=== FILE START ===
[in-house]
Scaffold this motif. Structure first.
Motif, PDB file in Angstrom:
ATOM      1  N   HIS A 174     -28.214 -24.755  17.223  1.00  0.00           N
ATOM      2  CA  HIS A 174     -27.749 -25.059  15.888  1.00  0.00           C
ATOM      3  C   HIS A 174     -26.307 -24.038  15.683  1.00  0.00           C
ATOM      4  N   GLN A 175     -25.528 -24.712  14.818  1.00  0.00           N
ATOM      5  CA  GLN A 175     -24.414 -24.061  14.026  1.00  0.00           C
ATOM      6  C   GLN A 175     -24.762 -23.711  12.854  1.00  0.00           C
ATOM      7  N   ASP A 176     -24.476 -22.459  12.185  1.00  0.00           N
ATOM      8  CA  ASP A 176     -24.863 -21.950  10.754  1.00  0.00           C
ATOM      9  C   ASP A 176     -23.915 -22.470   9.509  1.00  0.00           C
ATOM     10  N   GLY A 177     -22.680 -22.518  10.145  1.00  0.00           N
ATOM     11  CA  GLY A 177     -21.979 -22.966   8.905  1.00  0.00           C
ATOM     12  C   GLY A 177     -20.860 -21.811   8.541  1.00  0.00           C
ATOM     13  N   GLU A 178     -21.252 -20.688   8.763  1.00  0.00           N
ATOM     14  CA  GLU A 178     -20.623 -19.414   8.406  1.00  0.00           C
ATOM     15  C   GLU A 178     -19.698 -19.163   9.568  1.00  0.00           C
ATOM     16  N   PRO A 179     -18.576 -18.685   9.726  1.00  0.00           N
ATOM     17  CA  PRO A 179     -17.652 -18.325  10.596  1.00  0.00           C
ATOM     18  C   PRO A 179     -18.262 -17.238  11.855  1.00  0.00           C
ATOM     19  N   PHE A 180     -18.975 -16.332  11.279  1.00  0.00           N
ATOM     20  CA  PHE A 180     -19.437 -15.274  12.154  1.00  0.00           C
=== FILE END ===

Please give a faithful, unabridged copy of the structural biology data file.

[in-house]
Scaffold this motif. Structure first.
Motif, PDB file in Angstrom:
ATOM      1  N   HIS A 174     -28.214 -24.755  17.223  1.00  0.00           N
ATOM      2  CA  HIS A 174     -27.749 -25.059  15.888  1.00  0.00           C
ATOM      3  C   HIS A 174     -26.307 -24.038  15.683  1.00  0.00           C
ATOM      4  N   GLN A 175     -25.528 -24.712  14.818  1.00  0.00           N
ATOM      5  CA  GLN A 175     -24.414 -24.061  14.026  1.00  0.00           C
ATOM      6  C   GLN A 175     -24.762 -23.711  12.854  1.00  0.00           C
ATOM      7  N   ASP A 176     -24.476 -22.459  12.185  1.00  0.00           N
ATOM      8  CA  ASP A 176     -24.863 -21.950  10.754  1.00  0.00           C
ATOM      9  C   ASP A 176     -23.915 -22.470   9.509  1.00  0.00           C
ATOM     10  N   GLY A 177     -22.680 -22.518  10.145  1.00  0.00           N
ATOM     11  CA  GLY A 177     -21.979 -22.966   8.905  1.00  0.00           C
ATOM     12  C   GLY A 177     -20.860 -21.811   8.541  1.00  0.00           C
ATOM     13  N   GLU A 178     -21.252 -20.688   8.763  1.00  0.00           N
ATOM     14  CA  GLU A 178     -20.623 -19.414   8.406  1.00  0.00           C
ATOM     15  C   GLU A 178     -19.698 -19.163   9.568  1.00  0.00           C
ATOM     16  N   PRO A 179     -18.576 -18.685   9.726  1.00  0.00           N
ATOM     17  CA  PRO A 179     -17.652 -18.325  10.596  1.00  0.00           C
ATOM     18  C   PRO A 179     -18.262 -17.238  11.855  1.00  0.00           C
ATOM     19  N   PHE A 180     -18.975 -16.332  11.279  1.00  0.00           N
ATOM     20  CA  PHE A 180     -19.437 -15.274  12.154  1.00  0.00           C